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North Slope Borough v. Barraza (11/24/95), 906 P 2d 1377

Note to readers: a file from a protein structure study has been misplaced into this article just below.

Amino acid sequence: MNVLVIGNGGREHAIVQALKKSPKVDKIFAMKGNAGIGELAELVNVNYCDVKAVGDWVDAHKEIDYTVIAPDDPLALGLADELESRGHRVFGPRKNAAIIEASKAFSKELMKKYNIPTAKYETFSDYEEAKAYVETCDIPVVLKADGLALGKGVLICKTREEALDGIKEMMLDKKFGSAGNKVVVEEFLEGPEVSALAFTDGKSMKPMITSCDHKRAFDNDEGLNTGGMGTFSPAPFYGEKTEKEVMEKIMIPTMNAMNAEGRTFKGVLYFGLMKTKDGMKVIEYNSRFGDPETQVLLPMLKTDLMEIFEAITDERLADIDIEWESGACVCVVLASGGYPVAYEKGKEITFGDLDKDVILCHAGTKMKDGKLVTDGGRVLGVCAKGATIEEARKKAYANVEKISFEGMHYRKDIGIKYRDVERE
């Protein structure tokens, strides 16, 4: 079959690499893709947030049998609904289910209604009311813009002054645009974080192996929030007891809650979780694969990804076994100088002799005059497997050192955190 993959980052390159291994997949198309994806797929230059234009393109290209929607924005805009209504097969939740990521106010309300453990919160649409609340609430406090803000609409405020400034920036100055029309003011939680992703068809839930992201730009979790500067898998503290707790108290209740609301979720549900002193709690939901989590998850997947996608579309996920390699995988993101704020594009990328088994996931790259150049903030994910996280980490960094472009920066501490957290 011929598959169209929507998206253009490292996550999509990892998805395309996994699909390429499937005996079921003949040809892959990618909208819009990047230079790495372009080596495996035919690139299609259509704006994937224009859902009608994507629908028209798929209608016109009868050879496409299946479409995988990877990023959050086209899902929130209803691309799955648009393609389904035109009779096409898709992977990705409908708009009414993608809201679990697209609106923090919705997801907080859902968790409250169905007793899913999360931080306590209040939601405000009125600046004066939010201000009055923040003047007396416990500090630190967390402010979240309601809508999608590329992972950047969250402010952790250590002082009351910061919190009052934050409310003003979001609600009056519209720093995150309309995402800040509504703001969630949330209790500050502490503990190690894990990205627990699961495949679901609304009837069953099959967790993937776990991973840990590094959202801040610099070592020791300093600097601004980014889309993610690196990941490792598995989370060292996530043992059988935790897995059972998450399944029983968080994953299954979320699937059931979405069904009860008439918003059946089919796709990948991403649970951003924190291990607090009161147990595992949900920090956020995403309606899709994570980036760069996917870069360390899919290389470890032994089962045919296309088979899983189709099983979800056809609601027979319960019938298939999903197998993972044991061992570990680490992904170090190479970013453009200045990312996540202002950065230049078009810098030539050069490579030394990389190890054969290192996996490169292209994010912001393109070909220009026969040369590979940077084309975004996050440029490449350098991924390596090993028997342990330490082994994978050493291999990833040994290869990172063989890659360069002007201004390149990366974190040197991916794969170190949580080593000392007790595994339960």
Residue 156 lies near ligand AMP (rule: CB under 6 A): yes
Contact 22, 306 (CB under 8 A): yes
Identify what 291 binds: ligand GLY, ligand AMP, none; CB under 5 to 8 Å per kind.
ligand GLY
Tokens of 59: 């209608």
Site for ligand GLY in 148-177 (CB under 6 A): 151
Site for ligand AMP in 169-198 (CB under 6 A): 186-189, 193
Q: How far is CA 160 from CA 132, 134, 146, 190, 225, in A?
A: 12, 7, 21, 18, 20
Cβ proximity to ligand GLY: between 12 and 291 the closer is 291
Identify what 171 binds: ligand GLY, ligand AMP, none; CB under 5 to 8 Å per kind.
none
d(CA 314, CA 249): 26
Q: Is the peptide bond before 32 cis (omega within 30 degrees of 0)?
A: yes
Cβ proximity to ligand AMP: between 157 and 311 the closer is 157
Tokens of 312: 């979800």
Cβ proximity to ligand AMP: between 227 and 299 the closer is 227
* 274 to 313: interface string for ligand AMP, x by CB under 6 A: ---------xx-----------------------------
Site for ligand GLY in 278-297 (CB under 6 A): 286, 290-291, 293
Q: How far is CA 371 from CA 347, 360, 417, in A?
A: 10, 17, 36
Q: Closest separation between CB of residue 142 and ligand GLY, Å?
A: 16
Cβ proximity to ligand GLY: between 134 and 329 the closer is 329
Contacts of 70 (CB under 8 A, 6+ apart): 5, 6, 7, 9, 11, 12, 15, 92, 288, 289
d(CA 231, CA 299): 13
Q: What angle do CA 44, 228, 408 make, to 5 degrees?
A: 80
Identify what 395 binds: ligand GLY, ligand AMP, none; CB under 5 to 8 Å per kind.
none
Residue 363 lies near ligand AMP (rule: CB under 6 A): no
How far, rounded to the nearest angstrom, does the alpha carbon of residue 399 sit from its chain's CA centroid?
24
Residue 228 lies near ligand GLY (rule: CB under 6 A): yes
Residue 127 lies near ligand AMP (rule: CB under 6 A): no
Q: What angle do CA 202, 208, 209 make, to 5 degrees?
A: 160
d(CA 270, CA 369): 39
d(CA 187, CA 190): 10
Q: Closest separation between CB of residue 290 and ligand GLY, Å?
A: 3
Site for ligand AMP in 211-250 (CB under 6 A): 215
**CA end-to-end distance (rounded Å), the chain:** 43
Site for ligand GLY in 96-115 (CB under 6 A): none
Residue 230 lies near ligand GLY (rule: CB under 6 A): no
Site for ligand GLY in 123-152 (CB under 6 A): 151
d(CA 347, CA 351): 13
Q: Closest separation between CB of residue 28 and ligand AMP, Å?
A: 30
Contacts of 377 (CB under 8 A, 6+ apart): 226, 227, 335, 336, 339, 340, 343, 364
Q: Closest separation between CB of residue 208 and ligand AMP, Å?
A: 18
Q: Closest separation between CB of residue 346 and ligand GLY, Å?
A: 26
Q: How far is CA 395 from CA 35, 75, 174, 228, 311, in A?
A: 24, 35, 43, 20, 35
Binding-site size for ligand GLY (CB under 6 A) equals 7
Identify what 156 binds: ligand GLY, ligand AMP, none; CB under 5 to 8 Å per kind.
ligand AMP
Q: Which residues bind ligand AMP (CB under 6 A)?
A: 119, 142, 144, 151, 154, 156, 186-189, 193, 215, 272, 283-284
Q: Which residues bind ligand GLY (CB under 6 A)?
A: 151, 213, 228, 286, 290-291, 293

NOTICE: This opinion is subject to formal correction before publication in the Pacific Reporter. Readers are requested to bring errors to the attention of the Clerk of the Appellate Courts, 303 K Street, Anchorage, Alaska 99501, phone (907) 264-0607, fax (907) 276-5808. THE SUPREME COURT OF THE STATE OF ALASKA NORTH SLOPE BOROUGH, ) ) Supreme Court No. S-6433/6434 Appellant, ) and Cross-Appellee, ) Superior Court No. v. ) 2BA-90-118 CI ) GEORGETTE BARRAZA, ) O P I N I O N ) Appellee, ) and Cross-Appellant.) [No. 4285 - November 24, 1995] ______________________________) Appeal from the Superior Court of the State of Alaska, Second Judicial District, Barrow, Michael I. Jeffery, Judge. Appearances: Darlene M. Erickson, North Slope Borough, Barrow, for Appellant and Cross-Appellee. Robert K. Reiman, Law Offices of Robert K. Reiman, Anchorage, for Appellee and Cross-Appellant. Before: Moore, Chief Justice, Rabinowitz, Matthews, Compton, and Eastaugh, Justices. COMPTON, Justice. MATTHEWS, Justice, concurring. I. INTRODUCTION North Slope Borough terminated Georgette Barraza's employment before she received a hearing. Within three weeks from the date of her termination, a hearing was held before a hearing officer. Eventually the hearing officer awarded Barraza back pay through the final day of the termination hearing. However, the hearing officer did not issue any decision until four months after the hearing. He then issued an interim decision, but delayed issuing his findings of fact and conclusions of law, and a partially amended decision, for an additional four months, a total of eight months after the hearing was held. Barraza appealed to the superior court. The superior court held not only that Barraza should receive back pay through the time the hearing officer issued his interim decision, but that Barraza should also receive attorney's fees. However, the superior court later reduced the attorney's fees award based upon Barraza's "dilatory conduct." North Slope Borough appeals the superior court's decision, arguing that the superior court should not have extended the time Barraza was eligible for back pay, and that the attorney's fees award should have been reduced even further. Barraza cross-appeals, arguing that the superior court should have extended back pay to the date when the hearing officer issued his final decision, i.e., the date he issued his findings of fact and conclusions of law. II. FACTS AND PROCEEDINGS Georgette Barraza was hired by the North Slope Borough (NSB) in mid-1988. After taking steps to address what it perceived as Barraza's inadequate performance, NSB notified Barraza on January 2, 1990, that she would be terminated effective February 1. Barraza requested and received a hearing regarding the propriety of her termination. The hearing was held from February 15-17. Following the hearing, Barraza requested that the hearing officer receive and consider briefing on Barraza's eligibility for rehire. The hearing officer issued an interim decision on June 21, explaining that: Although it has been the intent of the hearing officer to delay issuing a decision until formal findings of fact and conclusions of law have been prepared, the parties are entitled to a timely decision. Accordingly, the hearing officer's decision is presented [now]. Formal findings of fact and conclusions of law shall be prepared and forwarded to the parties at a later date. The last sentence of this statement apparently was prompted by a NSB ordinance requiring that: In all cases, the board or hearing officer shall report the findings, conclusions and decision to all parties in writing. North Slope Borough Code of Ordinances (NSBC) ' 2.20.180(E) (1986). The hearing officer decided that: 1. [NSB] had just cause to terminate [Barraza]; 2. Discrimination on the basis of race or national origin was not a factor in [Barraza's] termination; 3. [Barraza] was entitled to an adversarial hearing prior to her termination and accordingly is entitled to receive payment of wages through and including February 17, 1990; 4. The hearing officer has jurisdiction to determine the issue of eligibility for rehire; and 5. [NSB] had a sufficient basis to deny [Barraza] rehire eligibility. At Barraza's request the hearing officer issued a clarification of the decision's effective date. He stated that he appreciate[d] the fact that it is difficult for either party to appeal the decision without knowing the findings of fact and conclusions that led to the decision. Accordingly, it is the decision of the hearing officer that the effective date of the decision . . . is that date upon which the findings of fact and conclusions of law are issued. On October 8 the hearing officer issued findings of fact and conclusions of law and an amended1 decision. Barraza appealed to the superior court, Alaska R. App. P. 602(a)(2), challenging the hearing officer's determination that back pay was not due through the date the findings of fact and conclusions of law were issued. NSB cross-appealed on several grounds. The superior court affirmed the hearing officer's conclusion that Barraza's due process rights were violated by NSB's failure to offer her a pre-termination adversarial hearing. As recompense for this violation, the superior court awarded Barraza back pay through the date of the hearing officer's interim decision, i.e., June 21, 1990. However, the court did not state the amount of this back pay. The court also held that Barraza was required to mitigate damages. Therefore, the court retained jurisdiction to adjudicate this issue "if the parties cannot reach agreement as to the appropriate amount of mitigation to be credited against the back pay award." Seven months later, after the parties were unable to agree on "the appropriate amount of mitigation," but were able to stipulate to certain facts, the superior court held a hearing. It concluded essentially that Barraza was due full pay and benefits for the period until the hearing officer's interim decision was issued, less mitigation. This holding came in spite of the fact that during the last six months of Barraza's employment, she was absent from work for a substantial amount of time due to elective surgery. Instead of focusing on this last six month period as representative of Barraza's loss, the hearing officer focused instead on the year immediately preceding this period, during which Barraza had completed a work schedule with NSB that was free from significant absences. Barraza then requested attorney's fees and costs. After initially awarding Barraza $9,000 in attorney's fees, the superior court reconsidered the award at NSB's request and reduced the award by $1,000. The superior court claimed it made the reduction pursuant to Appellate Rule 510(b), citing Barraza's dilatory conduct as the reason for a fifteen month delay in the superior court proceedings. NSB appeals, claiming that the superior court erred in (1) enlarging the back-pay award, (2) failing to consider Barraza's attendance record in calculating back pay, and (3) awarding $8,000 in attorney's fees.2 Barraza cross-appeals, claiming that the superior court should have extended the back pay until October 8, 1990, the date the hearing officer issued his findings of fact and conclusions of law. III. DISCUSSION A.The Back-Pay Award The hearing officer awarded Barraza back pay from the date of her termination to the date of the post-termination hearing.3 The superior court extended the back pay award to the date the hearing officer issued his interim decision.4 NSB argues that the superior court erred in extending the award beyond the date of the hearing. Barraza, in her cross-appeal, argues that the award should have been extended to October 8, the date the hearing officer issued findings of fact and conclusions of law. We have held that when a constitutionally unlawful dismissal is cured by a post-termination hearing, the appropriate relief is back pay up to the time of the curative hearing. See Storrs v. Municipality of Anchorage, 721 P.2d 1146, 1151 (Alaska 1986); Kenai Peninsula Borough Bd. of Educ. v. Brown, 691 P.2d 1034, 1039 (Alaska 1984). In cases where this rule has been applied, a decision regarding the propriety of the employee's termination was made at the time of the post-termination hearing. See, e.g., Brown, 691 P.2d at 1036. In the present case, however, the hearing officer did not issue a decision until four months after the hearing. In an effort to harmonize our precedent with the facts of this case, the superior court concluded that "[u]ntil there is some announcement of what the decision is, the hearing is not over and back pay must continue." We agree with this reasoning. Until the hearing officer issued a decision, Barraza could not know whether she would be reinstated, or whether she should look for alternative employment. Thus, the damages flowing from the deprivation of her due process right to a pre- termination adversarial hearing did not cease until the decision was issued. After the decision was issued, Barraza could be fairly certain that she had lost, and that she should look for alternative employment. Although formal findings and conclusions were to be prepared and forwarded to the parties at a later date, the hearing officer left little doubt as to the finality of his decision. He wrote in the June 21, 1990 decision: "Any party may appeal this decision to the superior court in accordance with North Slope Borough ordinances, state statutes, and court rules." Although Barraza was entitled to a detailed statement of findings and reasons supporting the decision, the delay of four months between the decision and the issuance of the findings was not so unreasonable as to create an independent due process violation. The superior court properly awarded back pay to the date of the interim decision.5 B.Computation of Back Pay NSB contends that the superior court erred in estimating the number of hours Barraza would have worked between her dismissal and the hearing. This determination is a factual one. This court will set aside the superior court's findings of fact only if they are clearly erroneous and "leave[] this court with 'a definite and firm conviction on the entire record that a mistake has been made.'" Klosterman v. Hickel Inv. Co., 821 P.2d 118, 121-22 (Alaska 1991) (quoting Parker v. Northern Mixing Co., 756 P.2d 881, 891 n.23 (Alaska 1988)). During the final six months of her employment, Barraza took a substantial amount of leave due to elective surgery and the corresponding recovery.6 However, during her first year of employment with NSB she worked an average of 72.6 out of 75 available hours per pay period. NSB argues that the superior court should have used Barraza's average time per pay period for the final six months of her employment to calculate the back pay. Instead, the superior court credited Barraza as though she would have worked full-time. NSB fails to cite persuasive authority in arguing that the final six months of Barraza's employment provide an appropriate measure for the back wage calculation. NSB offers no support for the arbitrary six month period it claims should be utilized. Instead, NSB provides reference to authority that states the general proposition that damages should seek to compensate the claimant for what was lost. See, e.g., Restatement (Second) of Contracts ' 344 (1971). The superior court's holding indicates that it did consider Barraza's frequent absences during her final six months of employment. Nevertheless, the superior court concluded that Barraza was entitled to back pay as though she worked a normal schedule (i.e., one without significant absences) during the relevant period. In computing Barraza's back wages, the superior court apparently concluded that the extensive absences during Barraza's last six months of employment were not indicative of her attendance record. The superior court's determination is reasonable. NSB offers no evidence that Barraza's extensive absences during the last six months of her employment would have continued into the following months. The inordinate absences were due to surgery and recovery. In fact, Barraza's leave hours dropped significantly in the final month of her employment, indicating that her weakened condition was greatly improving. Therefore, the superior court's finding regarding the hours Barraza would have worked was not clearly erroneous. See Klosterman, 821 P.2d at 121-22. C.The Award of Attorney's Fees 1.The initial award of attorney's fees Appellate Rule 508 governs awarding attorney's fees in superior court, on an appeal from an administrative decision. Rosen v. State Bd. of Pub. Accountancy, 689 P.2d 478, 480 n.3 (Alaska 1984). The award of these fees is committed to the discretion of the superior court and will not be overturned absent an abuse of discretion. Id. at 482-83. The superior court need not explain its basis for awarding fees; it must only explain denials. Id. at 480. NSB asserts that the superior court abused its discretion in awarding Barraza $8,000 in attorney's fees. Its chief complaints regard the structuring of Barraza's agreement for fees with her attorney, which provided that her attorney was to be paid for one-third of the amount recovered less costs, and that the amount recovered included attorney's fees. NSB's focus on the structure of Barraza's agreement with her attorney is misplaced. The superior court stated: Such arrangements are irrelevant to the attorney's fee award. The fee award is based on the value of the services rendered . . . . Therefore, there appears to be no link between the fee arrangement and the amount awarded by the superior court. NSB further alleges that the superior court's use of the phrase "measure of success" implicates the provisions of Civil Rule 82, since it is only under Rule 82 that we have endorsed this factor in awarding attorney's fees. Therefore, NSB argues that the limitations of Civil Rule 82 apply. NSB provides no authority for the proposition. More importantly, the superior court's use of this factor in awarding the fees does not on its face constitute an abuse of discretion. For these reasons, NSB's contentions regarding the initial award of attorney's fees should be rejected. 2.The reduction of attorney's fees Both parties take issue with the superior court's reduction of attorney's fees. NSB asserts that the reduction should have been greater than $1,000. Barraza argues that no reduction should have been made. Barraza argues that since the superior court based the reduction of attorney's fees upon delay, and that since a reduction in prejudgment interest cannot be based upon delay,7 neither can a reduction in attorney's fees. Barraza did not raise this issue in her statement of points on cross-appeal, nor did she amend her statement of points on cross-appeal. Alaska R. App. P. 204(a)(5)[a]. Further, NSB did not respond to this argument in its responsive brief. Therefore, Barraza has waived this issue. Oceanview Homeowners Ass'n, Inc. v. Quadrant Constr. and Eng'g., 680 P.2d 793, 797 (Alaska 1984) (in general, issues omitted from appellant's statement of points on appeal will not be considered by this court).8 IV. CONCLUSION The superior court's determination that back pay should extend to the date the hearing officer issued his interim decision is AFFIRMED. The superior court's award of attorney's fees is AFFIRMED. MATTHEWS, Justice, concurring. I agree with the majority opinion. I write separately to more fully explain the context in which this case is presented and to express more fully my reasons for awarding back pay up to, but not beyond, the point at which the hearing officer announced his decision. I. Just cause existed for Barraza's termination. She was found to have wilfully refused to carry out certain reasonable requests by her employer and she was found to be incapable of doing some of the things that were required of her. She is therefore entitled to no damages for being fired. However, as this case is presented, both parties agree that there was a procedural due process violation associated with her firing and that she is entitled to some damages because of this violation. For purposes of this appeal the borough does not take issue with the superior court's finding that Barraza's right to a fully adverse pre-termination hearing was violated. Borough Ordinance 11.05.2 does provide for a pre-termination hearing.9 The hearing offered is not the same as a court trial as there is no opportunity to confront adverse witnesses and cross-examine them. Does Alaska law require a court trial-like proceeding before a government employee can be fired? Our most complete case in this area is Storrs v. Municipality of Anchorage, 721 P.2d 1146 (Alaska 1986), where we stated that ordinarily a public employee has a right to an "adversarial hearing" before dismissal.10 Id. at 1150. However, what we said before mentioning the right to an adversarial hearing may tend to suggest that the contemplated hearing need not be as complete as a full trial. The full paragraph reads as follows: In Nichols v. Eckert, 504 P.2d 1359, 1365 (Alaska 1973), the court ruled that a post-termination hearing was constitutionally deficient because the discharged employee was not permitted to call witnesses on her behalf. Although a full judicial hearing is not required, the employee must be allowed to present a defense by testimonial and other evidence. Id. Three justices concurred in an opinion concluding that, absent extraordinary circumstances, the hearing should occur prior to termination. Id. at 1366. We therefore conclude that a public employee ordinarily has the right to an adversarial hearing before he may be effectively dismissed. Storrs, 721 P.2d at 1150. Our summary in Storrs of the issue in Nichols is accurate. The deprivation complained of in that case was the right of the dismissed teachers to call witnesses on their behalf. We stated: "[W]e conclude that appellants must be given the opportunity to present their own defense by testimony and other evidence. . . . A full judicial hearing is not necessary . . . ." Nichols, 504 P.2d at 1365. In the present case, the personnel rules gave Barraza, in a pre-termination hearing context, the opportunity to present witnesses by affidavit as well as notice of the reasons for the proposed action, the right to answer orally or in writing, and the right to be represented by an attorney. Arguably, this was enough to satisfy the rudiments of the adversarial hearing requirement under Nichols and Storrs. Given the posture of this case as it is presented to us, we need not and do not decide this question. II. We now know that Barraza would have been terminated even if her due process rights had been observed punctiliously. Thus here, as in Revelle v. Marston, 898 P.2d 917 (Alaska 1995), the absence of a nexus between the assumed violation and her termination can justify the conclusion that back pay is not warranted. Revelle at 928. Interests separate from her interest in continued employment with the borough should be looked at in an effort to determine whether back pay is warranted. From an employee's standpoint the relevant interests involved are these: (1)The employee needs an accurate decision. (2)The employee needs notice of the decision. This tells her either that she should go back to work or look for new work. (3)The employee needs a prompt decision. Promptness often is needed if the remedy of reinstatement is to be realistic, and it avoids the hardship associated with being unemployed and not knowing whether one should seek another permanent job. In this case Barraza was notified that she had lost on June 21, 1990. The hearing officer's decision of that date was in writing and was announced because, as the hearing officer stated, "the parties are entitled to a timely decision." Although formal findings and conclusions were to be prepared and forwarded to the parties at a later date, the hearing officer left little doubt as to the finality of his decision. He wrote in the June 21, 1990 decision: "Any party may appeal this decision to the superior court in accordance with North Slope Borough ordinances, state statutes, and court rules." How are the interests identified above advanced by running back pay to the time of the hearing, to the time of the announced decision, or to the time of entry of final findings of fact and conclusions of law? The employee's interest in accuracy is not particularly time sensitive. That interest is furthered by having a hearing and by requiring findings of fact and conclusions of law but it would be difficult to make a case that the decision is more accurate if made later, or if made earlier. The other two interests, notice and promptness, are time sensitive. It is better for the employee economically, in terms of the availability of remedies, and probably emotionally, to receive a prompt decision. The employee may be damaged by delay to the extent that she has not sought alternative sources of employment while waiting for the post-termination hearing decision. This damage can be seen as independent of lost wages from the job from which she has been terminated and to which she may have no continuing right if, as in this case, the substantive grounds on which her termination is based are legally justified. Further, as a secondary goal, an award of damages up to the time of the decision may tend to encourage a prompt decision. Often however, as in this case and as in Storrs and Casey v. City of Fairbanks, 670 P.2d 1133 (Alaska 1983), the promptness of the decision will be beyond the control of the employer. Until Barraza knew the reasons for the hearing officer's decision and received findings of fact and conclusions of law she could not appeal. Of what importance is the right of appeal to the back pay issue? The exercise of an appeal advances the employee's interest in accuracy. However, if this interest is to receive recognition, back pay should run until the appeal is decided either at the first or second tier of the court system. An employee might argue that until the case is finally decided on appeal she would be justified in not seeking another job because of the possibility of ultimately obtaining court ordered reinstatement. The reasonableness of such a decision would, in general, be doubtful given the lengthy delays unfortunately but typically involved in the appellate process. To run back pay in favor of an employee who was fired for just cause until judicial appellate processes are completed would impose an excessive financial burden on public employers. Every dismissed employee would receive, in effect, a couple of years of severance pay. This financial burden, in turn, would inhibit the discharge of employees who should be discharged, and hinder the efficiency of government operations. Based on the foregoing, my conclusion is that it was appropriate under the circumstances of this case to extend the damage award to the time of the decision of June 21, 1990. That was the point at which Barraza had reasonably definite knowledge that she had lost her challenge and knew, or should have known, that the time had come for her to seek alternative employment. Running the award for a longer period is not justified as the government's interests in fiscal integrity and an efficient public service outweigh the potential benefits to the employee. _______________________________ 1 The amendment was due to Barraza's post-hearing briefing on the eligibility for rehire issue. 2 NSB does not appeal the superior court's conclusion that Barraza's due process rights were violated by NSB's failure to offer her a pre-termination hearing. In reaching this conclusion, the superior court relied on Storrs v. Municipality of Anchorage, 721 P.2d 1146 (Alaska 1986). In Storrs, we held that a public employee is ordinarily entitled to an "adversarial hearing" prior to termination, but that "a full judicial hearing is not required." Id. at 1150. NSB's personnel rules entitle an employee five days notice of dismissal, the right to be represented by counsel, and the right to "answer orally or in writing and to furnish affidavits and other documentary evidence in support of the answer." Because NSB has not appealed the superior court's due process decision, we do not reach the issue of whether the rights afforded employees under NSB's personnel rules satisfy the "adversarial hearing" requirement. Nor do we decide if Barraza's post-termination hearing cured any due process defect. See id. (In limited circumstances, "a post- termination adversarial hearing may satisfy the requirements of Alaska's Due Process Clause."). 3 We review the hearing officer's decision exercising our independent judgment. See Handley v. State, Dept. of Revenue, 838 P.2d 1231, 1233 (Alaska 1992) ("The 'substitution of judgment' test is used for questions of law where no agency expertise is involved."). 4 We review the superior court's decision de novo. See Tesoro Alaska Petroleum Co. v. Kenai Pipeline Co., 746 P.2d 896, 903 (Alaska 1987) ("[W]hen the superior court acts as an intermediate court of appeal, no deference is given to [its] decision."). 5 NSB asserts that the superior court's award of back pay to Barraza for the period from the end of her hearing to the date of the hearing officer's issuance of his final decision constitutes a "windfall" and unjust enrichment. In making this argument, NSB relies on federal cases that indicate a plaintiff may not recover compensatory, versus nominal, damages for a denial of due process unless the deprivation was unjustified. See, e.g., Brewer v. Chauvin, 938 F.2d 860, 862-63 (8th Cir. 1991) (citing Carey v. Piphus, 435 U.S. 247 (1978)). According to these cases, if it can be demonstrated that the plaintiff would have been fired if a proper hearing had been held, then there is no basis to claim lost compensation; this would amount to a windfall, since the violation is the denial of procedural due process and not the loss of public employment. Id. at 862, 864. However, these cases interpret the federal constitution's due process clause and largely would deny any back pay in the interim between the dismissal and the curative hearing. In this context, we have provided greater due process protection under Alaska's constitution than is available under the federal constitution, and have not embraced the federal courts' view that such an award constitutes a windfall. See Storrs v. Municipality of Anchorage, 721 P.2d 1146, 1148-51 (Alaska 1986) (engaging in separate analysis of the federal and Alaska constitutions), cert. denied, 479 U.S. 1032 (1987). 6 Barraza worked only 48 hours total during 6 weeks from late October through November 1989. 7 NSB has argued that Barraza should forfeit the amount of prejudgment interest on damages, since the superior court found that Barraza's counsel was responsible for a fifteen month delay in completing the litigation. However, NSB fails to cite any precedent from this jurisdiction endorsing its proposition. As Barraza notes, in Farnsworth v. Steiner, 638 P.2d 181 (Alaska 1981), this court addressed the denial of prejudgment interest, stating: [E]ven a lengthy delay attributable to the plaintiff is not an occasion for such denial. Since an award of interest is not a penalty but compensation [for the time that a judgment creditor has been less than whole], fault for the delay between the injuring event and payment of consequential damages is irrelevant. Id. at 184 (citing Beech Aircraft Corp. v. Harvey, 558 P.2d 879, 887-88 (Alaska 1976)). NSB's argument is contrary to established precedent. It provides no rationale why this court should reverse its prior determination on the issue. 8 As authority for reducing the award of attorney's fees, the superior court cited Appellate Rule 510(b), which states: For any infraction of these rules, the appellate court may withhold or assess costs or attorney's fees as the circumstances of the case and discouragement of like conduct in the future may require; and such costs and attorney's fees may be imposed on offending attorneys or parties. Alaska R. App. P. 510(b). However, the court merely referred to Barraza's "dilatory conduct" as the basis for the reduction. The court should have specified particular conduct which might have supported a finding that an infraction of the rules had occurred. 9 Borough Ordinance 11.05.2 provides: Borough Service employees who hold permanent status against whom dismissal, demotion or suspension for more than 30 days as proposed is [sic] entitled to: 11.05.2(1) Five days written notice stating the specific reasons for the proposed action; 11.05.2(2) An opportunity to answer orally or in writing and to furnish affidavits and other documentary evidence in support of the answer; 11.05.2(3) Be represented by an attorney; 11.05.2(4) A written decision and specific reasons therefore at the earliest practicable date. 10 This statement is dictum, as the holding of Storrs was that the collective bargaining agreement validly substituted a post-termination hearing for pre-termination proceedings that would otherwise have been required. That post-termination hearing was to take place before the superior court (since the union declined to pursue Storrs' termination grievance) but Storrs waived his right to a "prompt post-termination hearing" before the court by not requesting one and refusing a trial type hearing when one was eventually offered. Id. at 1150.